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Frozen shoulders, sciatic pain and Visceral Manipulation

Journal: Osteopathy Inc.
Date: 12 / 2011
Author: Cameron Moffatt D.O.(MP)

For patients with frozen shoulders and sciatic pain that are not responding to your treatment protocols, consider visceral manipulation as an adjunct treatment.

In particular, the liver, when dysfunctional, can have a negative impact on the left and right shoulder girdles. Through the fascial attachments of the gastrophrenic and left coronary ligaments, up through the pleurae of the lungs and finally through the suspensory ligaments, a liver lacking in mobility can increase the mechanical load placed upon the muscles of the shoulder girdle.

Neurologically, the gastrophrenic ligament, an extension of the coronary ligament, when restricted, can cause stress upon the diaphragm and hence irritation to the phrenic nerve. Since the phrenic nerve and many of the shoulder muscles share the same C3, 4 and 5 nerve roots, this can lead to irritation of the shoulder muscles resulting in a pathological presentation of the shoulder mechanics.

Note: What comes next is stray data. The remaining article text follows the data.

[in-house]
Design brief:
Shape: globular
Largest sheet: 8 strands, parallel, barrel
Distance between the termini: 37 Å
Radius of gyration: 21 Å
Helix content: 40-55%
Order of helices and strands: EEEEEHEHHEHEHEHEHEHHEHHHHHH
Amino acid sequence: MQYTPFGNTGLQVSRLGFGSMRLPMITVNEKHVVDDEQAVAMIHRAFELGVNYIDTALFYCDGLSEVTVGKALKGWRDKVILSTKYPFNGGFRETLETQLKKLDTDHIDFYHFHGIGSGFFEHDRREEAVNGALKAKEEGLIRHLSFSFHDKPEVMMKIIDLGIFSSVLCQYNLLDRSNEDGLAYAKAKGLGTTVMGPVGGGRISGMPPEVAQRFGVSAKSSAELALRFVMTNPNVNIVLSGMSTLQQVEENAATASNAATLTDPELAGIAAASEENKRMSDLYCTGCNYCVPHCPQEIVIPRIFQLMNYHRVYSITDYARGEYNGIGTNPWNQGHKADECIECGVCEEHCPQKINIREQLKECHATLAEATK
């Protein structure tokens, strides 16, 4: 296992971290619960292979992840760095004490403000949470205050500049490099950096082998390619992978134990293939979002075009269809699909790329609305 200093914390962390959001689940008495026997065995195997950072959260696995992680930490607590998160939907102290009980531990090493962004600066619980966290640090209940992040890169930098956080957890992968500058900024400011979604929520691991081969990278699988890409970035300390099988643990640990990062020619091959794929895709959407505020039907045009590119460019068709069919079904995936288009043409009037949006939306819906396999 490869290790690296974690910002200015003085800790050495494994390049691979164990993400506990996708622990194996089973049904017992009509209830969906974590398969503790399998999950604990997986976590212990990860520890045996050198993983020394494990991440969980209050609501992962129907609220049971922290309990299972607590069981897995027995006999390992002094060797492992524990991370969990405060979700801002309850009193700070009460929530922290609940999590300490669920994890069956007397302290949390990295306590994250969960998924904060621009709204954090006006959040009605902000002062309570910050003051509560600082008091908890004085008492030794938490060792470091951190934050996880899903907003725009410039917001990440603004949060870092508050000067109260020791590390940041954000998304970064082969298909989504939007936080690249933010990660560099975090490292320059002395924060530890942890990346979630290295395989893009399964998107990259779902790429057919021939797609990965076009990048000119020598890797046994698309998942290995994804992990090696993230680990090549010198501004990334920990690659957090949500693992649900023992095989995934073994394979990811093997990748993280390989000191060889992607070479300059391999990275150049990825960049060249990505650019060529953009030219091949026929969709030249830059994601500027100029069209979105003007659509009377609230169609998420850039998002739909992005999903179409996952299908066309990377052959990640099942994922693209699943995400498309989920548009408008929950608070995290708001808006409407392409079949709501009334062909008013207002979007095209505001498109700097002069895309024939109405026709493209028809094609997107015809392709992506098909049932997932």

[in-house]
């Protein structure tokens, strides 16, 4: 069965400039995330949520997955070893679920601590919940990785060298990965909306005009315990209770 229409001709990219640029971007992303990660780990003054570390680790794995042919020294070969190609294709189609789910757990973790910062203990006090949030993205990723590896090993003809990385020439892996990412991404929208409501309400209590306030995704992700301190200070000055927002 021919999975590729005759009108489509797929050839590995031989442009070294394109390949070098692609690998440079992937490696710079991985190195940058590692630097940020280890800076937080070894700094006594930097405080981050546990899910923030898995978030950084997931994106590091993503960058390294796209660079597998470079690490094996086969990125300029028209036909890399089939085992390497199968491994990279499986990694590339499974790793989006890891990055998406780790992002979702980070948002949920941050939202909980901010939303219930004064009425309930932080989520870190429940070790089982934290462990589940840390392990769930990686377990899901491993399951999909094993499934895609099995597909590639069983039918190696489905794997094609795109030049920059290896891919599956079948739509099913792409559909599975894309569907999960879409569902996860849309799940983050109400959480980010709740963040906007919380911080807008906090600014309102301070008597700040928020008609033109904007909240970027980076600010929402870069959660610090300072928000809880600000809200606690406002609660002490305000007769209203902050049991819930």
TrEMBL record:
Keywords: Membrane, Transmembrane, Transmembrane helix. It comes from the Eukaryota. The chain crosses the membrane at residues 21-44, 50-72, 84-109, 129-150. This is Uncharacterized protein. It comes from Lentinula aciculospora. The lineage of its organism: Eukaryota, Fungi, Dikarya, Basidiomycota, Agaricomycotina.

The sciatic nerve, being the largest in the human body, is most susceptible to venous congestion and systemic toxicity. Sciatic pain can be indirectly caused by a compression of the inferior vena cava in the liver region. The ligamentum vena cava can cause direct compression, while the mobility of the liver in its transverse plane, moving around the vena cava as an axis, can also cause compression of this vitally important flow of blood. The resultant venous congestion then has a negative impact on the toxicity levels of the interstitial fluids, often resulting in increased pain in structures such as the sciatic nerve.